Study shows hike in aggressiveness

An alarmingly high number of drivers, nearly eight in 10, admitted to significant anger, aggression or road rage behind the wheel in the past year, according to a study released by the AAA Foundation for Traffic Safety.

The findings suggest that approximately eight million U.S. drivers engaged in extreme examples of road rage, including purposefully ramming another vehicle or getting out of the car to confront another driver.

“Inconsiderate driving, bad traffic and the daily stresses of life can turn drivers into hotheads on the highway and lead to dangerous road rage,” said Chuck Mai, spokesman for AAA Oklahoma. “Far too many motorists are losing themselves in the heat of the moment and lashing out in ways that could turn deadly.”

Aggressive driving is often manifested by driving at an unsafe speed. In Oklahoma last year, speeding was a factor in more than 9,900 crashes, according to the Oklahoma Highway Safety Office. February was the most dangerous month with 1,515 speed-related crashes, followed by December (1,045), November (918) and May (879). A significant number of U.S. drivers reported engaging in angry and aggressive behaviors over the past year, according to the study’s estimates:

  • Purposefully tailgating: 51 percent (104 million drivers)
  • Yelling at another driver: 47 percent (95 million drivers)
  • Honking to show annoyance or anger: 45 percent (91 million drivers)
  • Making angry gestures: 33 percent (67 million drivers)
  • Trying to block another vehicle from changing lanes: 24 percent (49 million drivers)
  • Cutting off another vehicle on purpose: 12 percent (24 million drivers)
  • Getting out of the vehicle to confront another driver: 4 percent (7.6 million drivers)
  • Bumping or ramming another vehicle on purpose: 3 percent (5.7 million drivers)

Nearly 2 in 3 drivers believe that aggressive driving is a bigger problem today than three years ago, while nine out of ten believe aggressive drivers are a serious threat to their personal safety.

Aggressive driving and road rage varied considerably among drivers:

  • Male and younger drivers ages 19-39 were significantly more likely to engage in aggressive behaviors. For example, male drivers were more than three times as likely as female drivers to have gotten out of a vehicle to confront another driver or rammed another vehicle on purpose.
  • Drivers living in the Northeast were significantly more likely to yell, honk or gesture angrily than people living in other parts of the country. For example, drivers in the Northeast were nearly 30 percent more likely to have made an angry gesture than drivers in other parts of the country.
  • Drivers who reported other unsafe behaviors behind the wheel, such as speeding and running red lights, also were more likely to show aggression. For example, drivers who reported speeding on a freeway in the past month were four times more likely to have cut off another vehicle on purpose.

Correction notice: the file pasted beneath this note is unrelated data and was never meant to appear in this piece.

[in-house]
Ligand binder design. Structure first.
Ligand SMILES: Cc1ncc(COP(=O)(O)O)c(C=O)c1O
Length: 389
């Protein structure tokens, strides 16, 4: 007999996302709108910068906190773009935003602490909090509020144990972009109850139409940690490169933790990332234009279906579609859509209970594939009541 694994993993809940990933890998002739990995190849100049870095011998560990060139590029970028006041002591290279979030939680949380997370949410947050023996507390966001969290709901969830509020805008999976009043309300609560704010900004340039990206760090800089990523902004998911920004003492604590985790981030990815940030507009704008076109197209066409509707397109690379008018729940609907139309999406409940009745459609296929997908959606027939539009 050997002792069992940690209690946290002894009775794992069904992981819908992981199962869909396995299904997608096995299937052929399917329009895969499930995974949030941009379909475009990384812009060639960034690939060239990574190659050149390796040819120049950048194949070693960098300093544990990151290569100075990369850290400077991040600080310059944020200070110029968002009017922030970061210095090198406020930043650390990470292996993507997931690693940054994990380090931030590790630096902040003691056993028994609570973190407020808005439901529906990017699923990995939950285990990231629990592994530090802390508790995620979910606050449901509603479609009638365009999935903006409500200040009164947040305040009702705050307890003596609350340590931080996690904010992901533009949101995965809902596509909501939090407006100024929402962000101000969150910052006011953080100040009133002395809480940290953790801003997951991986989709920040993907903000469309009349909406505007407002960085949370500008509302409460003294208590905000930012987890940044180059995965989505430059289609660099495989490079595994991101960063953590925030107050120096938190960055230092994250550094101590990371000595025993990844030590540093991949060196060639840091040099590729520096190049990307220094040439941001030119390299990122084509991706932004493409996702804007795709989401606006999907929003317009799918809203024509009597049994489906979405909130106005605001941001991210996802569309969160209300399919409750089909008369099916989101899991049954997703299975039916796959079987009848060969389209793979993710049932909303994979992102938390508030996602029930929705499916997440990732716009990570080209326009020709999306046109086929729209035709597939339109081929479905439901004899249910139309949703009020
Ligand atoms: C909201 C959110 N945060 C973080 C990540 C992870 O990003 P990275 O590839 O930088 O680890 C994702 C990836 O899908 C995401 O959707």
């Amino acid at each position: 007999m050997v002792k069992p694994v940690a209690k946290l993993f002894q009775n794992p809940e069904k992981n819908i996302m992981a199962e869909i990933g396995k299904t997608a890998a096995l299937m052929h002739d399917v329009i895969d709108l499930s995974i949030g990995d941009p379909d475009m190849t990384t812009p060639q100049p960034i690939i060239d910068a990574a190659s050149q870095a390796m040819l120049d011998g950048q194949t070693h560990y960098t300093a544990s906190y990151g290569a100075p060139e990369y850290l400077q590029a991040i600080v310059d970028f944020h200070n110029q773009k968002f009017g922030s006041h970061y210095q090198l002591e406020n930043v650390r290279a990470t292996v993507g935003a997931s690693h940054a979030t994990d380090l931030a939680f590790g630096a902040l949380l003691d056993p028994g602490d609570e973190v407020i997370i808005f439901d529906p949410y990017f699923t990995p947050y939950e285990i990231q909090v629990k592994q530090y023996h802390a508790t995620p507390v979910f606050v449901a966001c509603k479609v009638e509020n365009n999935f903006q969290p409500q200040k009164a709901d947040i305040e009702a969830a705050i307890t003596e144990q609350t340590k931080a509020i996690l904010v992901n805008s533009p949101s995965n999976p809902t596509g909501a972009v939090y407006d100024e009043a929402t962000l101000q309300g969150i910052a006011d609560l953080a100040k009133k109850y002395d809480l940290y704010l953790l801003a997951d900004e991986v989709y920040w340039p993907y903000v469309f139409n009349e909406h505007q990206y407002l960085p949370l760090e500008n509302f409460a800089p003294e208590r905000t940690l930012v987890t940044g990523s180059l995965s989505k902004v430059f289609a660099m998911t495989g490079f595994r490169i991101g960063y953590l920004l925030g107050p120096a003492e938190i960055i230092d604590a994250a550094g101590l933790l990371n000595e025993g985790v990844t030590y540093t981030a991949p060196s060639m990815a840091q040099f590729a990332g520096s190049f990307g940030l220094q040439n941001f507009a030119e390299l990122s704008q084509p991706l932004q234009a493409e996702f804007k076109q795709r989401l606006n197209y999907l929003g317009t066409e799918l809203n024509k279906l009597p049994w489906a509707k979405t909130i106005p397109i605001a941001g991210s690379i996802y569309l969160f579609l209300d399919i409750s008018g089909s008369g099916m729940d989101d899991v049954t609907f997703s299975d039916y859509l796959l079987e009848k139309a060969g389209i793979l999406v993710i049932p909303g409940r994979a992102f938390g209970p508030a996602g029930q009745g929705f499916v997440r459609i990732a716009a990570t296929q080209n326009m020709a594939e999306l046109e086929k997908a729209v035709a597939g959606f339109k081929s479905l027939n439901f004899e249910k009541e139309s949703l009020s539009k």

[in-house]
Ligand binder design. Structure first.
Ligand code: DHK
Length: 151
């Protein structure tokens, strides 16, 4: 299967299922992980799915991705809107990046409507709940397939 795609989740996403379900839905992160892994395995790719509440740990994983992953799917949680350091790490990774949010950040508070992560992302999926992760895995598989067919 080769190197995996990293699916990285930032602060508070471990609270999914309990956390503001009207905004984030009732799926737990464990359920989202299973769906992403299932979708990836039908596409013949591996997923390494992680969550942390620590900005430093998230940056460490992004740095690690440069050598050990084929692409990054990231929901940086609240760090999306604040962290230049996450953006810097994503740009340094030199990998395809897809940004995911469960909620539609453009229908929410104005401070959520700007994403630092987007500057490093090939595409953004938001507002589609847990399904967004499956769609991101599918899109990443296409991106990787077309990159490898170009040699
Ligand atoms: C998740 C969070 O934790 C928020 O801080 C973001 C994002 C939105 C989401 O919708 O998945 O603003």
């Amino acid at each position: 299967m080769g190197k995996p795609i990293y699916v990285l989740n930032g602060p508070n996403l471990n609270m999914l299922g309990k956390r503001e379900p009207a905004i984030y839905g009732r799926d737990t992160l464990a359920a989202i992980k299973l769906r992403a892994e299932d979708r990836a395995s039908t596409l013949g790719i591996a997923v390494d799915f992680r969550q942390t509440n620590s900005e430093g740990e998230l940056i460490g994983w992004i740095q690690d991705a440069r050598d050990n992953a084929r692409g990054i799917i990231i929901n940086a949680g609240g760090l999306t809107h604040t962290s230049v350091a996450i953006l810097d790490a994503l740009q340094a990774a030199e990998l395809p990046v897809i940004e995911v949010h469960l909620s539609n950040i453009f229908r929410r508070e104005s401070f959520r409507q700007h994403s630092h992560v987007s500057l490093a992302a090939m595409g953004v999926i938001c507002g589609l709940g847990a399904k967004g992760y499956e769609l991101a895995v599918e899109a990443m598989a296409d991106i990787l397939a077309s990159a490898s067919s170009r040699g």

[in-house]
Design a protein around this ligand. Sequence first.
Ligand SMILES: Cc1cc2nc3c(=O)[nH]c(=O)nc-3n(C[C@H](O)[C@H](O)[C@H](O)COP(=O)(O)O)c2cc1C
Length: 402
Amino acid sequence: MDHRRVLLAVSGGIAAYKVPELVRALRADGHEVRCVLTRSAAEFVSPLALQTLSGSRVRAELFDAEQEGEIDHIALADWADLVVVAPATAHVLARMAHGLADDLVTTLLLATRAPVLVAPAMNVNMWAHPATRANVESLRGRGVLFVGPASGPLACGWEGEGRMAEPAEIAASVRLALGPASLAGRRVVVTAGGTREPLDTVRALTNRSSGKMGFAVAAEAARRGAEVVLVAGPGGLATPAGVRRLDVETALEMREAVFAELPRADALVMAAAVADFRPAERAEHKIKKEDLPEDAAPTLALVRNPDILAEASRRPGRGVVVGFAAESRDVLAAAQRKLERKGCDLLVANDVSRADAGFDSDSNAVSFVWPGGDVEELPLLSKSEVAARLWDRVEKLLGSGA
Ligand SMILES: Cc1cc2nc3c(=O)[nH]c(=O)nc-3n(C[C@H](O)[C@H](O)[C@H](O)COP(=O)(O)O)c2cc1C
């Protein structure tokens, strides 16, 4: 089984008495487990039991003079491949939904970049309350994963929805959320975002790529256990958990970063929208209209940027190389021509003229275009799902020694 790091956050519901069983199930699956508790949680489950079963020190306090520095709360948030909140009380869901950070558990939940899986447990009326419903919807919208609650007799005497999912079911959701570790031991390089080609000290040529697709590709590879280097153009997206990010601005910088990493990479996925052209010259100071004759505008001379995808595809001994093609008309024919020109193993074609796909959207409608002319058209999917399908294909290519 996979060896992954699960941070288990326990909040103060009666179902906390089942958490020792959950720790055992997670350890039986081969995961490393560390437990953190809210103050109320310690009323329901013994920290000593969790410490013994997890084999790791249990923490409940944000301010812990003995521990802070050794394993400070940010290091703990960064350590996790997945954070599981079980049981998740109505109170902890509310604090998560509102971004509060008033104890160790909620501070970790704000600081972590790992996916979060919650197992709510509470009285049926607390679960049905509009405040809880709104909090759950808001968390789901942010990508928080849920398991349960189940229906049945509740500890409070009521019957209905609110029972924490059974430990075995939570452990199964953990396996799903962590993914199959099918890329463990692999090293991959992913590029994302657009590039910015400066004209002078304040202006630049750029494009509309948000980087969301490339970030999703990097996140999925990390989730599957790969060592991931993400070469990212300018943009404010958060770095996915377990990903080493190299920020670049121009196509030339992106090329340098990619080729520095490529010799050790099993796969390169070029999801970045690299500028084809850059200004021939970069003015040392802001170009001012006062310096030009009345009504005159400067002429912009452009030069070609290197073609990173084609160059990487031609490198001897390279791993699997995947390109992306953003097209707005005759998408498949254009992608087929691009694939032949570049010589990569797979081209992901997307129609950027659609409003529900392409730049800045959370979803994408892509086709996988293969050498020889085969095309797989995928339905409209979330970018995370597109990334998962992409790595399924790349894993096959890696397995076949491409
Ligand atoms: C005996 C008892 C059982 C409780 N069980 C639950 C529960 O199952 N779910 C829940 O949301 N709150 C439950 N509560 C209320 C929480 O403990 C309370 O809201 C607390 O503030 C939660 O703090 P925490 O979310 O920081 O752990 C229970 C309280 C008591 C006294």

“Don’t risk escalating a frustrating situation because you never know what the other driver might do,” said Mai. “Maintain a cool head and focus on reaching your destination safely.”

AAA offers these tips to help prevent road rage:

  • Don’t Offend: You can protect yourself by avoiding behaviors that can enrage other drivers. Examples include cutting off other drivers, driving slowly in the passing lane, tailgating, not using turn signals, honking horn excessively, and gesturing – whether obscene or not.
  • Do Not Respond: Refuse to be angry at an aggressive driver. Avoid eye contact, don’t make gestures, and maintain space around your vehicle. If you feel threatened, contact   9-1-1. Drive to a crowded public place such as a shopping center, hospital or police station.
  • Be Tolerant and Forgiving: The other driver may just be having a really bad day. Assume that it’s not personal.
  • Adjust Your Attitude – By changing your approach to driving, you can make every trip more pleasant:

For too many motorists, driving becomes a contest trying to get to their destination in the shortest possible time, so forget the need to “win the race.”

Allow yourself more time for your trip so you don’t feel rushed.

Practice relaxation tips such as deep breathing, or listen to soothing music or a book on tape. Also, don’t drive when extremely angry or overtired.

If you think you have a problem, seek help; the techniques used in anger management courses can also help angry drivers.

  • Alter Schedule to Avoid Traffic – If possible, adjust your work schedule so you are not driving during peak commute hours. If this is not possible, then at least avoid driving during high traffic times on your days off. The research report is available on the AAA Foundation’s website .